There are many reasons homeowners choose cork for flooring and in many ways, this natural material is unique. Rather than solid timber, cork is harvested from the natural bark of the tree, and it can be sustainably harvested, which does not harm the trees. When the cork is processed into tiles and planks, it retains all of its properties and prior to installation, you need to open the cork packages and leave the tiles/planks in the room where they are to be installed for about 72 hours.
Contraction & Expansion
Cork is a natural material that is affected by humidity and temperature. The last thing you want is for an installed cork floor to start moving. Unpack the cork tiles/planks and leave them in the room they are to be installed in for at least 72 hours, which guarantees that any contraction or expansion has already occurred.
How much movement entirely depends on the temperature and humidity level; once the floor is installed and sealed, there will be no movement. If you are looking for the best quality Sydney cork flooring or the highest quality of this material in your location, you are in luck; there’s likely a showroom near you where you can choose the perfect product for your new flooring.
Space Around The Perimeter
Because cork is soft, movement can occur and by leaving a 1/4-inch space between the wall and the first tile/plank, movement can occur thanks to that small gap. There are plastic spacers to ensure the tiles are level and in line, you should use the spacers on all 4 walls. Don’t worry about the gap, the skirting boards will conceal it. Skirting should be removed before you install the floor, then it is refixed after the floor is completed. In the event the floor needs a little room to settle, the spacers fold and allow the tiles/planks to spread slightly, and there will be no ripples on the floor.
The correct way to install cork flooring is to put 1/2-inch plywood directly onto the substrate. Never install cork on vinyl, laminate, or any other floor covering; this must be removed completely, leaving no traces, plus any hollows should be filled prior to installing the plywood, which should cover the entire floor area.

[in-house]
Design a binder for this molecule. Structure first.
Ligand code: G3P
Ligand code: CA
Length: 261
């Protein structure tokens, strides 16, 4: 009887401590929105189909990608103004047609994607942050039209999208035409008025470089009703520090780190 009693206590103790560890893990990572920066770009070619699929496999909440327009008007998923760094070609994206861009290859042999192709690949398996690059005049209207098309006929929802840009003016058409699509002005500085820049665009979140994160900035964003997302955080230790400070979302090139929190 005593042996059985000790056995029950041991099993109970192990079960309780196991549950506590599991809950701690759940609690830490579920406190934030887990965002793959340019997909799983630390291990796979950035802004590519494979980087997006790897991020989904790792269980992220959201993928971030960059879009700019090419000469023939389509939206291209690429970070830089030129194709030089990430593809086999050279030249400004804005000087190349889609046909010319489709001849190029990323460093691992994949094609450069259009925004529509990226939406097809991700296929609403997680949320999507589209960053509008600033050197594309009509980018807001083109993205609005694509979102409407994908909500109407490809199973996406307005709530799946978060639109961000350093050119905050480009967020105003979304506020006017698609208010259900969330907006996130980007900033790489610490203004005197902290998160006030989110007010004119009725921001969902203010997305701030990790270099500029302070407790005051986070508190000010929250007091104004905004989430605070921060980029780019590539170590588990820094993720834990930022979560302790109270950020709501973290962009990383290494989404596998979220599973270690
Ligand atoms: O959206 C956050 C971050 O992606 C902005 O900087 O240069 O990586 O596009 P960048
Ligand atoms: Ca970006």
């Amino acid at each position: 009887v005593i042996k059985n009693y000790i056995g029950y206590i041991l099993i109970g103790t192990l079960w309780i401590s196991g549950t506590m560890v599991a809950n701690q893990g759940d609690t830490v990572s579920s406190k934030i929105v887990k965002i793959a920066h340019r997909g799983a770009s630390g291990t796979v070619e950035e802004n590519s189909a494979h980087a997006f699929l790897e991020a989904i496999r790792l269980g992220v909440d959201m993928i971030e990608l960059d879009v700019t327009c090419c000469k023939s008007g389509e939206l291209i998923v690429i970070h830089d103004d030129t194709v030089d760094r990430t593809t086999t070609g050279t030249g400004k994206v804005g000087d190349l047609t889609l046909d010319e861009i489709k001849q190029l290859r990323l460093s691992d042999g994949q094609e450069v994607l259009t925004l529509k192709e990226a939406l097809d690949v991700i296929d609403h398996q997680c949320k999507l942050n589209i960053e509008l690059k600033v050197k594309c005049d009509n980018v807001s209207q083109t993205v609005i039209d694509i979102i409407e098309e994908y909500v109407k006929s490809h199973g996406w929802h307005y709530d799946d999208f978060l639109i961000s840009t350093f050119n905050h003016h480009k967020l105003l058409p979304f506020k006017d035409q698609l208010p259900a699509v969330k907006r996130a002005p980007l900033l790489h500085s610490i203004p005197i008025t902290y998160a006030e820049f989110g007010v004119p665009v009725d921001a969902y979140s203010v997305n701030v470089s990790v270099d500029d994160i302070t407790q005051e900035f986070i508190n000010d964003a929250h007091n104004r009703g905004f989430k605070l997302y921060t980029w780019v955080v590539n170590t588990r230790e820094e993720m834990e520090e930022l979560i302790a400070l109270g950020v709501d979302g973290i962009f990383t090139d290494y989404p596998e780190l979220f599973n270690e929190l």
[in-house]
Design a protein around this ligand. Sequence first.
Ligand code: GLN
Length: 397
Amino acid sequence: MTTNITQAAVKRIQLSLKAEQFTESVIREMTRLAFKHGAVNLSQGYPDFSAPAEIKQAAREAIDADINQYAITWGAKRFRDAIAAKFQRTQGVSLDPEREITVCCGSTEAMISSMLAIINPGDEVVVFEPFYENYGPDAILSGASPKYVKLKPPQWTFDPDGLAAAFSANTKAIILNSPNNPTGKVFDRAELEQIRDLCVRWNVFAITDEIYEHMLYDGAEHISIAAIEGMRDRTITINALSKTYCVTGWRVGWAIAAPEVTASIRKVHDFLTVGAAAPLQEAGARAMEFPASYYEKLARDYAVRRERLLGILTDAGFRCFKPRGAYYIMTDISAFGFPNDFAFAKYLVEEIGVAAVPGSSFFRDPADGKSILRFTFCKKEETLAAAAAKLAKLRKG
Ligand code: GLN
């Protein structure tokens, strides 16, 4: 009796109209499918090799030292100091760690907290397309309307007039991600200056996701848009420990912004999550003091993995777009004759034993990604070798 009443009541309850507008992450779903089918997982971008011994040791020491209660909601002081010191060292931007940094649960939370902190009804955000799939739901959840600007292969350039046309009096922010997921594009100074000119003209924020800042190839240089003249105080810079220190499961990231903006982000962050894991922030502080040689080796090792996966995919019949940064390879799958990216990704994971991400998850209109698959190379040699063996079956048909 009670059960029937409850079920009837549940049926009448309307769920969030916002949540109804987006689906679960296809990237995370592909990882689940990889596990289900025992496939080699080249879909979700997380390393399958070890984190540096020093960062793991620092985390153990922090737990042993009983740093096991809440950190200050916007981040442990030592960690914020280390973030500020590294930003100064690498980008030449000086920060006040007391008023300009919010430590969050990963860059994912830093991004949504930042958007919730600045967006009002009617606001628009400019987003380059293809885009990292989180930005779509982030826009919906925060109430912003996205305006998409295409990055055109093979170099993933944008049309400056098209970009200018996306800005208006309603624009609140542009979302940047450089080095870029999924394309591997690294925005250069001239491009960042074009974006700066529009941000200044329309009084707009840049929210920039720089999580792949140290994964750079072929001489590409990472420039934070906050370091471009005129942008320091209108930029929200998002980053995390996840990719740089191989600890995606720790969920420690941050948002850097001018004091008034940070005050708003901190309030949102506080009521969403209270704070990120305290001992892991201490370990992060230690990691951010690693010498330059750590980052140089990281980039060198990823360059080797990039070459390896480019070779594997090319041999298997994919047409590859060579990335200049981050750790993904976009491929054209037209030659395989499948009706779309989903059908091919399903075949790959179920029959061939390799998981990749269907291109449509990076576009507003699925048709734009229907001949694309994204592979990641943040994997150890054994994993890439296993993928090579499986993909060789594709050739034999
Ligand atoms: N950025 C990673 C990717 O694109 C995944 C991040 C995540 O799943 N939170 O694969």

Start with removing the old flooring, whatever that might be. Scrape any residue away and fill any holes or dips, leaving a clean, smooth surface. Once this is done, you can start installing the plywood, cutting the last few pieces for a perfect fit.
Note: For added insulation, you can lay a thin sheet of foam on the plywood, but this is not essential. It makes for a softer walking experience.
Remove the skirting boards and butt the plywood up to the wall; fixing the plywood with nails is fine, or you could use adhesive. When the plywood floor is complete and has been cleaned, you can start installing the cork (which has been left in the room for 72 hours to acclimate), starting at the corner of the longest wall. Follow the instructions on how to spread adhesive and keep the workspace clean and tidy. The final edges can be trimmed with a ruler and a cutter for a perfect fit, then sweep the floor completely and replace the skirting boards.
Don’t walk on the floor for 24 hours and leave a window open.
Some cork floor products have been pre-sealed, while others require a couple of coats of polyurethane, which, when dry, protects the floor and keeps the water out. Once dry, you can start bringing in furniture.
Always acclimate cork flooring for at least 72 hours, which allows the material to adjust to the atmosphere.